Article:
Tippins takes the long way to Tucson

By COREY McMULLEN 

For most athletes to make it to the collegiate level, it took a lifetime of practicing their craft.       

Corey McMullen/AZTEC PRESS
Kaylon Tippins

Kaylon Tippins isn’t most collegiate athletes, however. 

At 6 feet, 8 inches, the Aztecs starting forward didn’t start playing basketball until his junior year of high school. 

Born and raised in Fort Worth, Texas, Tippins was a football player who never thought about playing basketball. 

Tippins started high school in Fort Worth at North Crowley High School. He was 5 feet, 5 inches. By his sophomore year, he was standing 6 feet tall, and when he graduated, he was 6 feet, 5 inches. 

Tippins and his family moved to Tucson his junior year of high school to be closer to his mom’s side of the family. 

Tippins says the transition from Texas was a tough move. He didn’t expect to move, but he didn’t want to be a hard kid for his mom. He attended Cholla High School and earned a Division 2 football scholarship as a wide receiver to Western New Mexico University.  

Tippins never played any sort of organized basketball before his junior year at Cholla, where he started on its junior varsity team. 

“I was probably averaging 5 to 6 points in high school,” Tippins said. 

Being from Texas football has always been a huge part of the Tippins’ household. Tippins says the real reason he started playing basketball was to get quicker feet for football. Now Tippins believes his years of football are helping him on the basketball court. 

“Things from football help me on the court,” he said. “When I’m sprinting the lanes and they throw the ball over the top, it’s easier for me to locate the ball.” 

He decided to leave Western New Mexico and walk away from the sport because of a phone call from a basketball coach at Tohono O’odham Community College. He asked Tippins to come down and play basketball next time he was in Tucson. 

At first, Tippins thought the person on the phone was just a friend because he didn’t have the number saved.

Then the man said, “We want to offer you a scholarship,” and Tippins realized he didn’t know who it was.  

Joe Giddens/AZTEC PRESS Tippins shoots ball against Park University at West Campus Gym

Undecided on what to do, Tippins talked to the running backs coach at Western New Mexico and told him he was planning to go back to Arizona to play. The coach challenged Tippins to a game of one on one. If Tippins lost, he had to stay, but if he won, he was free to make his own choice. He won.

When he transferred to Tohono O’odham to play, Tippins found himself not enjoying the program as much as he had hoped. 

He then received a phone call from Pima assistant coach H. Hendrickson. The two discussed what Tippins’ plans were, and if he wanted to gray shirt, which means he’d miss a year of eligibility because the two schools are in the same conference. After the call, Tippins packed his bags and left the next morning to enroll at Pima.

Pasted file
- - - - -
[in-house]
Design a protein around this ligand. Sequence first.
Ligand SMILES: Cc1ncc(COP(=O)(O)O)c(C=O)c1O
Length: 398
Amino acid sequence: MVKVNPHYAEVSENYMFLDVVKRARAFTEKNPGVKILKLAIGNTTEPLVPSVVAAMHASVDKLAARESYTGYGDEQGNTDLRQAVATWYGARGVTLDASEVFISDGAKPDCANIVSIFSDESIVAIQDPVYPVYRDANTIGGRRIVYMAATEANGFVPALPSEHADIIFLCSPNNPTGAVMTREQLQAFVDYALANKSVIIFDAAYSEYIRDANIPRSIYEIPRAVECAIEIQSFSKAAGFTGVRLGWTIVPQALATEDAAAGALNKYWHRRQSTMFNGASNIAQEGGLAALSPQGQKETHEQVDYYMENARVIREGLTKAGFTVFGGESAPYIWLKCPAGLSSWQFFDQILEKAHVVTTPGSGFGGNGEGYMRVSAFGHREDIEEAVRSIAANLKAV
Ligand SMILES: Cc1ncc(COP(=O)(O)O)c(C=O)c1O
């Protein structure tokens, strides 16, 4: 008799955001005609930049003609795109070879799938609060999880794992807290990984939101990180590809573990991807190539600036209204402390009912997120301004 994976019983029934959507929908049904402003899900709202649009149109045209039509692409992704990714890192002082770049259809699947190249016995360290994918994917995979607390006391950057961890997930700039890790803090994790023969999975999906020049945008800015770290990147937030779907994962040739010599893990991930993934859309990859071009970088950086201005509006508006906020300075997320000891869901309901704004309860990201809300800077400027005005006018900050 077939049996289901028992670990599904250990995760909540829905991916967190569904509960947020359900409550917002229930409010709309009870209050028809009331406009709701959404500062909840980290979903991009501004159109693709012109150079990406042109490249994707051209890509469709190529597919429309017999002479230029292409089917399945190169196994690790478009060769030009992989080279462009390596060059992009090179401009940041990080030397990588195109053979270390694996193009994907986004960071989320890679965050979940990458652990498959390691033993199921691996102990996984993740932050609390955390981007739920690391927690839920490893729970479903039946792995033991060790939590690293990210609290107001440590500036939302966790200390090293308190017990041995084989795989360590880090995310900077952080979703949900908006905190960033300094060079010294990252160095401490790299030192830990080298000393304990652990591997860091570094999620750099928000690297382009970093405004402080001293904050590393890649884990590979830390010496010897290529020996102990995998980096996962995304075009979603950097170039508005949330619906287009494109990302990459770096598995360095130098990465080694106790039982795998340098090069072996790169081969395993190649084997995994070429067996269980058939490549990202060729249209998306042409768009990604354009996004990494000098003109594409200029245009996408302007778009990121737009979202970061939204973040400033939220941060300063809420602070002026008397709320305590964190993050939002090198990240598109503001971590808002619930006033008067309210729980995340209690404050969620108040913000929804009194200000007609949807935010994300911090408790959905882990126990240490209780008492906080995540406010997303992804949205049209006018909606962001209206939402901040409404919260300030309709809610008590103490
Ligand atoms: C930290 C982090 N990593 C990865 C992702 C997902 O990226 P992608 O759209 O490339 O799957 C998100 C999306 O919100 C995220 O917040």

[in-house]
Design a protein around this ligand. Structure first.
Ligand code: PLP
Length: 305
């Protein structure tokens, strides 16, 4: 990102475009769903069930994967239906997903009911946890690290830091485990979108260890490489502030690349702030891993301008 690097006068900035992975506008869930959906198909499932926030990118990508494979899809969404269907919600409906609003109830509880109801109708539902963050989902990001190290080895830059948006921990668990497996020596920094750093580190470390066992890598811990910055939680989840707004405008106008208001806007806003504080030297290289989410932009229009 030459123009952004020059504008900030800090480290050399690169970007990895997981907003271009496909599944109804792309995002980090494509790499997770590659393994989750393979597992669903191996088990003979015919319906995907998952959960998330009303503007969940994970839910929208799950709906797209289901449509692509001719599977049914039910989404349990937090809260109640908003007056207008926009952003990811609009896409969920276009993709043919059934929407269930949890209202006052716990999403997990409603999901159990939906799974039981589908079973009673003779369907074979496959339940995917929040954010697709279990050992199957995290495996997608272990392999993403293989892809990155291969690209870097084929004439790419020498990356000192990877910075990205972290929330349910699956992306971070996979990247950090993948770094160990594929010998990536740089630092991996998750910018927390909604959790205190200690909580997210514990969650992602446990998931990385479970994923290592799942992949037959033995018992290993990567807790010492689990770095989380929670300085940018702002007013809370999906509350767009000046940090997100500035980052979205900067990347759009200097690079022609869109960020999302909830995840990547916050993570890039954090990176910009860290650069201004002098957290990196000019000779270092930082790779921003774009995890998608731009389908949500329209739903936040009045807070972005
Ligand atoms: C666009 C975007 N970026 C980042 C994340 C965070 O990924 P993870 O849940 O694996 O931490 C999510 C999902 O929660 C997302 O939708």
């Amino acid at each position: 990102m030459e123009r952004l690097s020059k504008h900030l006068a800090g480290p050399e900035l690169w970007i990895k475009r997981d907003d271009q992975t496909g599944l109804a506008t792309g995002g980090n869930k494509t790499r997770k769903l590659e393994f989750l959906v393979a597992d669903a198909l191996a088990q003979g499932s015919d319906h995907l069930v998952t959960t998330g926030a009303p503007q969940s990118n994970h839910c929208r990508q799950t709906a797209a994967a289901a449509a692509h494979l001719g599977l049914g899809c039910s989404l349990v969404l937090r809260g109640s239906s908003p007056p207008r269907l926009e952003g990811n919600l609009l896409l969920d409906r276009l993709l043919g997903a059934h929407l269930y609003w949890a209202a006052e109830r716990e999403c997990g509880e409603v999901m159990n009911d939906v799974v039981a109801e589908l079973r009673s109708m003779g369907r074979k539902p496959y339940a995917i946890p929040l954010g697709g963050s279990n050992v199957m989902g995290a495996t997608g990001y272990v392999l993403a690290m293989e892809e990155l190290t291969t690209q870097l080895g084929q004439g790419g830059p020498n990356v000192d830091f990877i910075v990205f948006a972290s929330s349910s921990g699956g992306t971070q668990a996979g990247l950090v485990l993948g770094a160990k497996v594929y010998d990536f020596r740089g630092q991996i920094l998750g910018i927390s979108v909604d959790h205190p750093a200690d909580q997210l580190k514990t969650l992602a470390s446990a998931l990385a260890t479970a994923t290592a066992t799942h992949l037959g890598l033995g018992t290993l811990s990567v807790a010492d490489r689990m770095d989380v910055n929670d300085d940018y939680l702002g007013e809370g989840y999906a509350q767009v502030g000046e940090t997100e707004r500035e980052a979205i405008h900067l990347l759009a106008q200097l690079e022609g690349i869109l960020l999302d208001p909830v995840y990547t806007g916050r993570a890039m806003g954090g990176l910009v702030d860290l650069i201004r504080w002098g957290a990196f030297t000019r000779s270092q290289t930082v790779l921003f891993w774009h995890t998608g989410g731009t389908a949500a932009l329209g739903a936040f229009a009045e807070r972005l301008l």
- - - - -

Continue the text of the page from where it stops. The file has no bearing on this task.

So, Tippins sat out his first year with the Aztecs. During his first week with the team at practice, he broke his ankle. 

Tippins had to miss three months, but he still sat behind the bench and attended every game.

Tippins praised Hendrickson on being a huge help for him on and off the court, especially with his academics. 

“Our relationship is different compared to a lot of other people just because I have had to do a lot of extra stuff with Kaylon, whether that means getting him a little more motivated to doing his schoolwork (or) motivated to want to see a different aspect of the game of basketball,” Hendrickson said.

He believes Tippins fully has bought into the system and will do whatever it takes to win.

Aztecs Head Coach Brian Peabody said Tippins is one of the most improved players both on and off the court. 

“He had some struggles academically when we got him,” Peabody said. “He’s a way better student. In high school, he was a football player first, a basketball player second. I think he’s really made the transition into being a student athlete more so then any of our guys.” 

Tippins has been described as the hardest working player on the court. He never takes off a practice or play. 

“He comes in, he plays hard,” Peabody said. “He’s our best practice player. He only knows one way to go and that’s hard.” 

As a liberal arts major, Tippins wants to go into sports journalism and find out why so many great student athletes struggle so much with academics. 

He plans to move to the next level and continue his basketball career at a four-year university. 

Tippins comes from a big family that includes four brothers and two sisters. When he graduated high school, Tippins’ family moved back to Texas, but as soon as he started playing basketball at Pima, they moved back to Tucson to watch him. 

When he’s not focusing on Pima basketball or his schoolwork, Tippins is playing basketball or 2K. If he’s doing something non-basketball -related, he’s most likely with his mom.  

“My family is competitive whether it’s Uno, basketball, kickball,” Tippins said. “Whatever we’re doing, we’re competitive.” 

Tippins believes the Aztecs have everything it takes to win a championship.

“I love playing with these guys,” he said. “I have a good group behind me.” 

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